Prof Light argued: "Current incentives for research produce a few [drugs] that substantially improve patients' chances of getting better or avoiding death but a large number of barely innovative drugs each year.
"These new drugs of little benefit consume about four-fifths of all drug costs."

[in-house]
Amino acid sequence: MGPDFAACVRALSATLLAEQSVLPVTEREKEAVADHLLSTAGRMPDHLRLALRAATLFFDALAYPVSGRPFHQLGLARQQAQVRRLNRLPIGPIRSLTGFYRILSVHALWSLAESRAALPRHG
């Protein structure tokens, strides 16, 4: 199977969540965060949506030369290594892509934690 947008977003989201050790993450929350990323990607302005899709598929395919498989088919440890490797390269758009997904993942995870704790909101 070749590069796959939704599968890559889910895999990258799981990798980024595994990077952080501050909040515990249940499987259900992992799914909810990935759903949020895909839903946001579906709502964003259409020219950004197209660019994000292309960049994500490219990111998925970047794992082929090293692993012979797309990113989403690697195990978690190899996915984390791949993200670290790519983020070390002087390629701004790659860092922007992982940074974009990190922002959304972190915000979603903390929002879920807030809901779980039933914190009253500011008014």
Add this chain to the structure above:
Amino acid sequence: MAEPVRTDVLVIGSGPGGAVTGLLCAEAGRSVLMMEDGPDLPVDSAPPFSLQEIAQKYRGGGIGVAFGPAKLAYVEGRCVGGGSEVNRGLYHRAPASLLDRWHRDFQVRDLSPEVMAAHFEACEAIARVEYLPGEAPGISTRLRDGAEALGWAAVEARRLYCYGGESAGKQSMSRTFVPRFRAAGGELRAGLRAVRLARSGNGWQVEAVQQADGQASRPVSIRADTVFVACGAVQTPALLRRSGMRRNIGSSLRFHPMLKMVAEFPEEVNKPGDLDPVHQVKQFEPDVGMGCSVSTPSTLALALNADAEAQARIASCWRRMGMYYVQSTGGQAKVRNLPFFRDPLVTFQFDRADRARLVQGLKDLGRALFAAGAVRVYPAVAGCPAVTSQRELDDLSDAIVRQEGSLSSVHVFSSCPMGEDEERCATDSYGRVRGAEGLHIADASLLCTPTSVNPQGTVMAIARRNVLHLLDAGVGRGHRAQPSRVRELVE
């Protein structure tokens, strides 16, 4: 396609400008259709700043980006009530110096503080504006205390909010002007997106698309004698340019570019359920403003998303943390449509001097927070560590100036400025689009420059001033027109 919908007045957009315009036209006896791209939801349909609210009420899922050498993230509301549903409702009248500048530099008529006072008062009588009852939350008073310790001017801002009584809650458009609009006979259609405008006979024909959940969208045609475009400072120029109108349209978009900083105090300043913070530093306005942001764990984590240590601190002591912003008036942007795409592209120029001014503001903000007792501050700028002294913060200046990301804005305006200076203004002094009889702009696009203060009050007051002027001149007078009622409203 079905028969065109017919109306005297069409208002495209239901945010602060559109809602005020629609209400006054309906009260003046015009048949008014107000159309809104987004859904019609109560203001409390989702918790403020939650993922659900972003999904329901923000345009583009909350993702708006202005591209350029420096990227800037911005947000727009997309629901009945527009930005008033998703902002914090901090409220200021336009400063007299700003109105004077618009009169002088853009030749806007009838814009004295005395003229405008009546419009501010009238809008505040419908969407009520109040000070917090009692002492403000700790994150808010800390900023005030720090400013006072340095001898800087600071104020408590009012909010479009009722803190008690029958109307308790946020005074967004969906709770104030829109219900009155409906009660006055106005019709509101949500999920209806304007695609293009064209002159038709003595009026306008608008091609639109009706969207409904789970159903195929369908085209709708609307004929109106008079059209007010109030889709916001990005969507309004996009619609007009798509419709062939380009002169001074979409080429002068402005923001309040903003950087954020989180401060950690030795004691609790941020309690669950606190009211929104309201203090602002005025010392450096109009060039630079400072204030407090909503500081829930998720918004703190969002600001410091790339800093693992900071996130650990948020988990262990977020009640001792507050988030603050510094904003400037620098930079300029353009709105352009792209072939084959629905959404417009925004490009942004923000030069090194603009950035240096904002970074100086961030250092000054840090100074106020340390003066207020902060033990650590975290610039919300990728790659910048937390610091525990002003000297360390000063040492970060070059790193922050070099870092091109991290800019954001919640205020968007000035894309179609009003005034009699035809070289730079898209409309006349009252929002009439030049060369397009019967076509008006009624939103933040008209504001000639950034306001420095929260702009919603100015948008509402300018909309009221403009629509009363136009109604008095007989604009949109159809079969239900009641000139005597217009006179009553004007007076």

He accused companies of swamping drugs regulators with large numbers of "incomplete, partial, sub-standard clinical trials".
"The result is that drugs get approved without anyone being able to know how effective they really are or how much serious harm they will cause," he said.
When patients complained of adverse reactions, studies showed doctors were likely to dismiss them, he said.